Case Study on Market Share - Dixons



Dixons is widely regarded as the dominant electrical retailer in the UK. What does dominant mean? It refers to the fact that Dixons (which is the market leader) has a very high relative market share. In other words, it is substantially bigger than the next largest competitor. This can be illustrated by the chart below which lists the leading UK electrical retailers in 2000.



How might Dixon's market dominance enable it to further increase its market share? Many retail analysts believe that the electrical retailing market provides advantages to larger businesses. In recent years, Dixons, along with the number two Comet, has been able to thrive while other retailers have suffered. The reasons for the advantages of size include:


Buying advantage: An ability to use size to source product more cheaply is a clear advantage in an industry that faces rapidly declining consumer prices


Volume advantage: As a low-margin business, retailers that can sell in high volumes are in the best position to gain market share


Access to new products: The largest retailers typically have first-mover advantage in stocking new "in demand" products that have just been released


Advertising scale: As a price-led business, access to national advertising provides the ability to keep customers regularly informed of the latest product deals. This helps to reinforce customer perception of value, in addition to strengthening the Dixons Group brands

Access to retail property: With the continuing trend towards out-of-town, larger destination stores that offer a broader range of choice, and with restrictive planning laws limiting opportunities, the larger electrical retailers have both the financial and operational capacity to secure such important new sites.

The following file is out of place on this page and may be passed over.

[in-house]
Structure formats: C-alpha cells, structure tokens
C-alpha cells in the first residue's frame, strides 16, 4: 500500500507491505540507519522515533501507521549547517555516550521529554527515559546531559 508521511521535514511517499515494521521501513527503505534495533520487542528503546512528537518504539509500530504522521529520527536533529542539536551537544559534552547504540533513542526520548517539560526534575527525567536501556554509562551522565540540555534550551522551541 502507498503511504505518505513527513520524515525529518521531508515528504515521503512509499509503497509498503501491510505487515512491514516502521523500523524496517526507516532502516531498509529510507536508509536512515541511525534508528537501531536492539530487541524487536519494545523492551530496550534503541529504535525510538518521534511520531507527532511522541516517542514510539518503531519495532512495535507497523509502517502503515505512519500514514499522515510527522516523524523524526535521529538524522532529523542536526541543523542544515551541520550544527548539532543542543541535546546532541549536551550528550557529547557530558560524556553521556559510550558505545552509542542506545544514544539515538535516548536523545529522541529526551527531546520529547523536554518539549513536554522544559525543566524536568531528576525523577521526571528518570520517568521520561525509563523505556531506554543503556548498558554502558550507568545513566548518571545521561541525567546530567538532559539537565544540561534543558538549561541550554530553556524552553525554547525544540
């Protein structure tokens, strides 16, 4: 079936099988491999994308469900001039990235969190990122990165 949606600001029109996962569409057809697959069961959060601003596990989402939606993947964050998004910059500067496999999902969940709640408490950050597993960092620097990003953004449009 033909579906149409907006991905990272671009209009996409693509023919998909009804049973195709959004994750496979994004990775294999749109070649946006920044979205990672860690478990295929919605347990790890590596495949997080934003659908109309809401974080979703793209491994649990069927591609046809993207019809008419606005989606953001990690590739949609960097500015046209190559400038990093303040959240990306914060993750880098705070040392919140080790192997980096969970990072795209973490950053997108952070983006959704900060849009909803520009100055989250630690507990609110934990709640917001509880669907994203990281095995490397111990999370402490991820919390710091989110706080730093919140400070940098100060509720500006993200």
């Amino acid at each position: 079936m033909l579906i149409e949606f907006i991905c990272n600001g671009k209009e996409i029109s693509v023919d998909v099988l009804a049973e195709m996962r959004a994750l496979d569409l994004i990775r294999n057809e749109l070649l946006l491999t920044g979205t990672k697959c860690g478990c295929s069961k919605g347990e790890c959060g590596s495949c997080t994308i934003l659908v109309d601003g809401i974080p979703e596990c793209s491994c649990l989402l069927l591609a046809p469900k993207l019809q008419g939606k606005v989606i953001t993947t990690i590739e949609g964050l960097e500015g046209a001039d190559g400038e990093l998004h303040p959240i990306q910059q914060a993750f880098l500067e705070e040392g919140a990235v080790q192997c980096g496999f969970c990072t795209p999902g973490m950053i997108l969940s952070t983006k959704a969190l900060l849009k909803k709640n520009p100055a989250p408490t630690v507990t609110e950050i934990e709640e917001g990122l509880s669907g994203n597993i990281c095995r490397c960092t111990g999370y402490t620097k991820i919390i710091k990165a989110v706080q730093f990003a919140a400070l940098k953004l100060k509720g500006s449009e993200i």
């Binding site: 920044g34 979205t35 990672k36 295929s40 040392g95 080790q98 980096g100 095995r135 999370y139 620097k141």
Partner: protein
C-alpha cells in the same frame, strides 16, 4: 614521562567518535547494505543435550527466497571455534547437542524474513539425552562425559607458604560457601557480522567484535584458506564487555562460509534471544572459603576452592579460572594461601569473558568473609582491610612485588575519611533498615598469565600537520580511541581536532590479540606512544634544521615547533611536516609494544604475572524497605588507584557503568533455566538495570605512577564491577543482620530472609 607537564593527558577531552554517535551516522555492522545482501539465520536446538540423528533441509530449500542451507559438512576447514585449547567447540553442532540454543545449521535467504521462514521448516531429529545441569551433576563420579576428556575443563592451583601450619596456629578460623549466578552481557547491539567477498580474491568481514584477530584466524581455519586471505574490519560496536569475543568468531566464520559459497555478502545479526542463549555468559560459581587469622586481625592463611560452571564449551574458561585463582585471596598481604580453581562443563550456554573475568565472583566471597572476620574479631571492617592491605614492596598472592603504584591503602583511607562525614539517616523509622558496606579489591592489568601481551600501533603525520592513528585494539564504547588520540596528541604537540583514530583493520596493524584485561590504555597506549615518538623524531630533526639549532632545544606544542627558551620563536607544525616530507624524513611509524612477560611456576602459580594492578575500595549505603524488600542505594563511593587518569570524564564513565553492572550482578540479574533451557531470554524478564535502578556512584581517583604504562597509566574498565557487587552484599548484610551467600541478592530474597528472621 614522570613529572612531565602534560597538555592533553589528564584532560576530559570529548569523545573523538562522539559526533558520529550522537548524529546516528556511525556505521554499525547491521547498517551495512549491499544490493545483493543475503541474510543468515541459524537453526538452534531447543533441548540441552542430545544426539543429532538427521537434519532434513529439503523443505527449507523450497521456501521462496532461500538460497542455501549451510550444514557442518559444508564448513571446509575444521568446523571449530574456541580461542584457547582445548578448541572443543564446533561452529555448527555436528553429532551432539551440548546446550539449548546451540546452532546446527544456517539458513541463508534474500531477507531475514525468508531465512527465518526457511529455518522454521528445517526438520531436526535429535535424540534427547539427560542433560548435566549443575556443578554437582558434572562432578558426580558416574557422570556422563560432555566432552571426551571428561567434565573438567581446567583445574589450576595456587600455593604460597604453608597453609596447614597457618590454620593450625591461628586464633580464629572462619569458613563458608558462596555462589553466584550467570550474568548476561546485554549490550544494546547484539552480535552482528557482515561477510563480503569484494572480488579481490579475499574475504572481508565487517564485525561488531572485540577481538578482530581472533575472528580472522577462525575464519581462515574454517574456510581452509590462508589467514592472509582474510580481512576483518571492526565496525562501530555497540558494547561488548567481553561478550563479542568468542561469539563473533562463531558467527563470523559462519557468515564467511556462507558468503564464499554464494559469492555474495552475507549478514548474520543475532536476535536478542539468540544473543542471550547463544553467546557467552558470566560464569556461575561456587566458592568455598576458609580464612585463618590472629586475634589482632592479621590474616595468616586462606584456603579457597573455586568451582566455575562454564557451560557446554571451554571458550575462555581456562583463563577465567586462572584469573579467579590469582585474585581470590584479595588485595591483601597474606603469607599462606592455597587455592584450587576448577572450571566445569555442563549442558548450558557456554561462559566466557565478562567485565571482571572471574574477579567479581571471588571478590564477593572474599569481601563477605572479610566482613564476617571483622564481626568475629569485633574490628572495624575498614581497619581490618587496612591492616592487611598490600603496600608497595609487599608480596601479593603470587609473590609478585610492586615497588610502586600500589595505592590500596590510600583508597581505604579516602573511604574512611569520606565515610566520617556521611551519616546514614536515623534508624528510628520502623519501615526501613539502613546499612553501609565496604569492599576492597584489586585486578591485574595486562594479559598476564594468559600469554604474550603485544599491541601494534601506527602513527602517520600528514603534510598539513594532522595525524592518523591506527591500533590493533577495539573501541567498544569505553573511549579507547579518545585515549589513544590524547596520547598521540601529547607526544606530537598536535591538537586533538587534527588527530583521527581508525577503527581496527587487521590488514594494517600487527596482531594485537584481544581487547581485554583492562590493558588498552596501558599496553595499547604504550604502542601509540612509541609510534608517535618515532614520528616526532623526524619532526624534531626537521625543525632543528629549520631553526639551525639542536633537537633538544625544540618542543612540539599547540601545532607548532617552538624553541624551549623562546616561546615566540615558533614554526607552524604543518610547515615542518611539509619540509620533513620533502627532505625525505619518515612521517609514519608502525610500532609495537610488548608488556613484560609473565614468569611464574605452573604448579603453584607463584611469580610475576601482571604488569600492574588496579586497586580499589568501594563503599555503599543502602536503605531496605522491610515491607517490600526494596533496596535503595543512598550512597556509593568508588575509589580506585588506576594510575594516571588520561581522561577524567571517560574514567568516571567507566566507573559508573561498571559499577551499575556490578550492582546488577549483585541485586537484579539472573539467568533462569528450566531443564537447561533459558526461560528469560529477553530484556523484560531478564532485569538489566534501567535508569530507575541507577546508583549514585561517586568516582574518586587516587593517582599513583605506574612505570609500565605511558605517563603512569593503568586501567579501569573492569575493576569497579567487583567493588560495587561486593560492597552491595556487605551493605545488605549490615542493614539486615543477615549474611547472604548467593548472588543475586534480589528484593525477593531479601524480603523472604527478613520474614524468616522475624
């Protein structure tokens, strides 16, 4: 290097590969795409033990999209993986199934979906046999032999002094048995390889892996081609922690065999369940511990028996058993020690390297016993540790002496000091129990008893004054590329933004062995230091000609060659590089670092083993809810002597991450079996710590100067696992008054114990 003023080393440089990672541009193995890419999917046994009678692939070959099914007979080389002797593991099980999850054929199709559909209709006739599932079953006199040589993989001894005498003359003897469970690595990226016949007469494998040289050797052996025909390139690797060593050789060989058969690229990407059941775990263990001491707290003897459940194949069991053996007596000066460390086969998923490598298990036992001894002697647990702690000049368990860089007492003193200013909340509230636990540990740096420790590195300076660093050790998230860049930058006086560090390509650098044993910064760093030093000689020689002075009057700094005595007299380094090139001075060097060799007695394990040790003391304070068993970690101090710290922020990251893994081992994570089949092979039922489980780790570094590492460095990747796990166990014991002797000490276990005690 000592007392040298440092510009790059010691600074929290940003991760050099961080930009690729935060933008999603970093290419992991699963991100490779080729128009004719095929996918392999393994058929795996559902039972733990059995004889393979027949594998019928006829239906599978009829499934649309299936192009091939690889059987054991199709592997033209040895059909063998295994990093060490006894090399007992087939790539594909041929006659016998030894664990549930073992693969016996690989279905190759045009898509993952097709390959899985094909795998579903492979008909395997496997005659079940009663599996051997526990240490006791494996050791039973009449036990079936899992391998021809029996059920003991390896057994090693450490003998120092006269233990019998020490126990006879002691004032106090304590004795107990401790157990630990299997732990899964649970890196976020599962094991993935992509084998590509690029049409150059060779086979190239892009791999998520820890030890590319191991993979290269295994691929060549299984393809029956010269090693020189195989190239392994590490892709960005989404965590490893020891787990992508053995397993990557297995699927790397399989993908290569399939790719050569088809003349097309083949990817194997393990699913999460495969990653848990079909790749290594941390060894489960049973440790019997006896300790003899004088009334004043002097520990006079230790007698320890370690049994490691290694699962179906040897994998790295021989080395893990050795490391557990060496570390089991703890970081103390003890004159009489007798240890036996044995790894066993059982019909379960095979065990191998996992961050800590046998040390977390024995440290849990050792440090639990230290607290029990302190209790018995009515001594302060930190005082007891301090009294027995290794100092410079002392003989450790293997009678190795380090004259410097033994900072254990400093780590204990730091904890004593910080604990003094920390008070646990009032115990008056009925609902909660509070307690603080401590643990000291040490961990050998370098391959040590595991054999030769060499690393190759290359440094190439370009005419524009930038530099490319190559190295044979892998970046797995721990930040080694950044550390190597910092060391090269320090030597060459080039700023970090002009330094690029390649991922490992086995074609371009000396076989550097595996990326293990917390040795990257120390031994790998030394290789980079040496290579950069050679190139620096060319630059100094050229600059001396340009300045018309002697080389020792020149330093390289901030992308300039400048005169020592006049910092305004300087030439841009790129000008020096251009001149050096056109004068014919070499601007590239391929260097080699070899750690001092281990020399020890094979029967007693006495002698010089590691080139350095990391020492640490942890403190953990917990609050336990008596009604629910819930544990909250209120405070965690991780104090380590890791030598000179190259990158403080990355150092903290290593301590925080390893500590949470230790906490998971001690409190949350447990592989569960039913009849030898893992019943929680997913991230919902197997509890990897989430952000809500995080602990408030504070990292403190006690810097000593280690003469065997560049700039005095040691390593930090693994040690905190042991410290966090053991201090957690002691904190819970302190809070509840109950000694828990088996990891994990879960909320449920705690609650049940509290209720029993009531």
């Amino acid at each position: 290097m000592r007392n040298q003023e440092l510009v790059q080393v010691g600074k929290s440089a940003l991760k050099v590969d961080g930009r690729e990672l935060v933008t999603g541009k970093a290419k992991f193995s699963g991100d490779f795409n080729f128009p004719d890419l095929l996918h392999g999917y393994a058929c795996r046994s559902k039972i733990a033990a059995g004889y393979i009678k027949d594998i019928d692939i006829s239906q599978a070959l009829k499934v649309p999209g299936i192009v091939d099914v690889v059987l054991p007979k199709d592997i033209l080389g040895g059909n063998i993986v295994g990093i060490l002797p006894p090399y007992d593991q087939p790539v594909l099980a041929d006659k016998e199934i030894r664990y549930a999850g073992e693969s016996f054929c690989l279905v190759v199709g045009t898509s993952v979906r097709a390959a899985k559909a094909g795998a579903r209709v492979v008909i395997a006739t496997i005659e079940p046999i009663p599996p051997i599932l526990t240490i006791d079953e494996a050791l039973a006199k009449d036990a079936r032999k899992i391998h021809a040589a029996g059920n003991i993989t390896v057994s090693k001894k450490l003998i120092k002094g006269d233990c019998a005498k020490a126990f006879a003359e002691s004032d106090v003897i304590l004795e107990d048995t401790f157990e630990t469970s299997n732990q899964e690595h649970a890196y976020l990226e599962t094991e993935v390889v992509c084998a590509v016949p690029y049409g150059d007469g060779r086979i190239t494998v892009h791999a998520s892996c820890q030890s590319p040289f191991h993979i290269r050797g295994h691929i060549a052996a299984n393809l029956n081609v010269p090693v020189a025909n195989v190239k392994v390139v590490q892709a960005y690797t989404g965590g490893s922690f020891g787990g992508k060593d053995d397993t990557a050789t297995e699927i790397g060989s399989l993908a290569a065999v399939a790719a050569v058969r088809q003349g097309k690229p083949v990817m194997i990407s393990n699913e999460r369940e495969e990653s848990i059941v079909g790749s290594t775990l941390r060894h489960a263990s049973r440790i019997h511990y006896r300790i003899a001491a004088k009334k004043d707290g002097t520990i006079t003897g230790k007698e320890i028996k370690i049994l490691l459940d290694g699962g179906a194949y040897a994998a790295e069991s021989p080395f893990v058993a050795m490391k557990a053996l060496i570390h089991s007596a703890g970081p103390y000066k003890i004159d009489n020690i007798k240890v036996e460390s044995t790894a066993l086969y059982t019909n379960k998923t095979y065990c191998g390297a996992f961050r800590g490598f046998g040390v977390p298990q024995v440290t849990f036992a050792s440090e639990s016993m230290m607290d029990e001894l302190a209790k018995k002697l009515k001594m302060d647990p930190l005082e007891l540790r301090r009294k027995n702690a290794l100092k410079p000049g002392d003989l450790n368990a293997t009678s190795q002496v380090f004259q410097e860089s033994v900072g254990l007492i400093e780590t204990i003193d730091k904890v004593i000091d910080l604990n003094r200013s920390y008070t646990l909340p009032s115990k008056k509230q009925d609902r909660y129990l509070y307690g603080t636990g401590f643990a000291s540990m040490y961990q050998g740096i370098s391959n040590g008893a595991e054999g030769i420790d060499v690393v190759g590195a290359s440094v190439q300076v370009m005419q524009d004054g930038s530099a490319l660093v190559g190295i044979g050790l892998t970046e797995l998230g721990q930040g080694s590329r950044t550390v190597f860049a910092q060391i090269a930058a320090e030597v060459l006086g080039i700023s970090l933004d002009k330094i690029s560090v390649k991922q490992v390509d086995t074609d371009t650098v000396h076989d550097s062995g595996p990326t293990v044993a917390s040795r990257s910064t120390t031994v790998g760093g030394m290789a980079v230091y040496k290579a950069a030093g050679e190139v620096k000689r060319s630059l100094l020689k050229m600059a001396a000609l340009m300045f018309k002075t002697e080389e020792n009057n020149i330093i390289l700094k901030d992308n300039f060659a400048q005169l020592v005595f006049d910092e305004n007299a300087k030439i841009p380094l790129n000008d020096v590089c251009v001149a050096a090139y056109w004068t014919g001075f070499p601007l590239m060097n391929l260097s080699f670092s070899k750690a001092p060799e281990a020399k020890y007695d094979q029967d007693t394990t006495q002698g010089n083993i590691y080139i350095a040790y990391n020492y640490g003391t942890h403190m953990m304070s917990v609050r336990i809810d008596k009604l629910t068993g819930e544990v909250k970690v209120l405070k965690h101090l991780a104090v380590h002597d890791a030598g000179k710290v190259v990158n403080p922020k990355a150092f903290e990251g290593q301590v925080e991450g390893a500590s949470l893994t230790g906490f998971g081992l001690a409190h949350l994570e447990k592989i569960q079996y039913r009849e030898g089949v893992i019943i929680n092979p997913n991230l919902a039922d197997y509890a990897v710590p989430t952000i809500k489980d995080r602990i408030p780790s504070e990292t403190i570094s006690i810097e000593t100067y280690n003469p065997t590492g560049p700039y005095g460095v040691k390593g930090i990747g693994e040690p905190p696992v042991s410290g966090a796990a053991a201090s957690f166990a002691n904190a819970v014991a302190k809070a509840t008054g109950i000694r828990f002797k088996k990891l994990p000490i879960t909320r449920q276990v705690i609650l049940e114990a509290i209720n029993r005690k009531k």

The UK electrical retail market has many examples of businesses with a small market share that have fallen victim to the intense competition in the market. In the UK, Tiny Computers and US brand Gateway both folded. In the electrical appliance sector, well-known market casualties include Tandy (which was acquired by Carphone Warehouse who subsequently closed 110 of Tandy's shops and reformatted the remaining 160 into its own format) and Scottish Power's consumer appliance chain. These are summarised in the table below:
Retailer
Format
Stores Closed
Date
PowerZone
Electrical Appliances
60
Feb-02
Scottish Power
Electrical Appliances
80
Jun-01
Tandy
Electrical Appliances
110
Jan-99
Tempo
Electrical Appliances
37
Sep-01
02
Mobile Phones
133
Feb-02
The Phone People
Mobile Phones
60
Jul-01
The Wap Store
Mobile Phones
70
Jan-02
Gateway
Personal Computers
12
Sep-01
Time/Time
Personal Computers
50
Apr-02
Source: Lehman Brothers
Measuring Market Share

Measuring Market Share


An accurate measure of market share is dependent on several factors:


- A satisfactory definition of the market. This would answering questions such as which products to include, which geographical areas, which means of distribution?


- The availability of reliable, up-to-date information
- Agreement on which measures of share are most relevant. For example, should market share be calculated on the basis of sales revenues, profits, units produced or some other measure that competitors in the market generally recognise as valid.
In reality, market shares are calculated in a myriad of ways. However, most tend to be based on one or both of the following:


- Sale revenues
- Sales volumes (units)

Worked Example of Market Shares based on Sales Volumes


In this example, we take figures for the global sale of personal digital assistants ("PDA@s") in 2001.


According to research by Dataquest, global sales of PDA's totaled 13.1 million units, a 18% increase from sales in 2000
The breakdown of these 13.1 million units by major PDA manufacturer is shown in the table below:
Company (Operating System)